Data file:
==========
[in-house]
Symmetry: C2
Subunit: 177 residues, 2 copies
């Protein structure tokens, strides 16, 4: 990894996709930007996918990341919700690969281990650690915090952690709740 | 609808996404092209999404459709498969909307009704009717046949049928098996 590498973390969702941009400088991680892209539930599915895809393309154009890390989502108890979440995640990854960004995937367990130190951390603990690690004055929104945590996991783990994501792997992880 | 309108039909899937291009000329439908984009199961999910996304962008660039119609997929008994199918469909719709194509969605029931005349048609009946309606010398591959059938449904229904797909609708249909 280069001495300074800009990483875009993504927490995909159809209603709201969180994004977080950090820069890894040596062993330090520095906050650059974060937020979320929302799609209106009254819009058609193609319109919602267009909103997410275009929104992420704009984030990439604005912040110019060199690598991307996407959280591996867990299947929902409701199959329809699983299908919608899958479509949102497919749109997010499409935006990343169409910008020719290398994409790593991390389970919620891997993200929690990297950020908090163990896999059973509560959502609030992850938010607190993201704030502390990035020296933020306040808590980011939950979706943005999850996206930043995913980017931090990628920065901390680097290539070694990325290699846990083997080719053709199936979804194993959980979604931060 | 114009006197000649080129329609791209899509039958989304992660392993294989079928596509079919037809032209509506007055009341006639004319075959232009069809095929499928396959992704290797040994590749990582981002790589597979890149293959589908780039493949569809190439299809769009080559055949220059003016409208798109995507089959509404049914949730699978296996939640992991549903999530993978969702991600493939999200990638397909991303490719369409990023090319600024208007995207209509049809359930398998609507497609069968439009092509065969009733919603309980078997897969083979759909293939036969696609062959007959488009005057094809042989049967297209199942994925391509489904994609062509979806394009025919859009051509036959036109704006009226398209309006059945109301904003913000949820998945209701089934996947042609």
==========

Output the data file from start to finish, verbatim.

[in-house]
Symmetry: C2
Subunit: 177 residues, 2 copies
């Protein structure tokens, strides 16, 4: 990894996709930007996918990341919700690969281990650690915090952690709740 | 609808996404092209999404459709498969909307009704009717046949049928098996 590498973390969702941009400088991680892209539930599915895809393309154009890390989502108890979440995640990854960004995937367990130190951390603990690690004055929104945590996991783990994501792997992880 | 309108039909899937291009000329439908984009199961999910996304962008660039119609997929008994199918469909719709194509969605029931005349048609009946309606010398591959059938449904229904797909609708249909 280069001495300074800009990483875009993504927490995909159809209603709201969180994004977080950090820069890894040596062993330090520095906050650059974060937020979320929302799609209106009254819009058609193609319109919602267009909103997410275009929104992420704009984030990439604005912040110019060199690598991307996407959280591996867990299947929902409701199959329809699983299908919608899958479509949102497919749109997010499409935006990343169409910008020719290398994409790593991390389970919620891997993200929690990297950020908090163990896999059973509560959502609030992850938010607190993201704030502390990035020296933020306040808590980011939950979706943005999850996206930043995913980017931090990628920065901390680097290539070694990325290699846990083997080719053709199936979804194993959980979604931060 | 114009006197000649080129329609791209899509039958989304992660392993294989079928596509079919037809032209509506007055009341006639004319075959232009069809095929499928396959992704290797040994590749990582981002790589597979890149293959589908780039493949569809190439299809769009080559055949220059003016409208798109995507089959509404049914949730699978296996939640992991549903999530993978969702991600493939999200990638397909991303490719369409990023090319600024208007995207209509049809359930398998609507497609069968439009092509065969009733919603309980078997897969083979759909293939036969696609062959007959488009005057094809042989049967297209199942994925391509489904994609062509979806394009025919859009051509036959036109704006009226398209309006059945109301904003913000949820998945209701089934996947042609």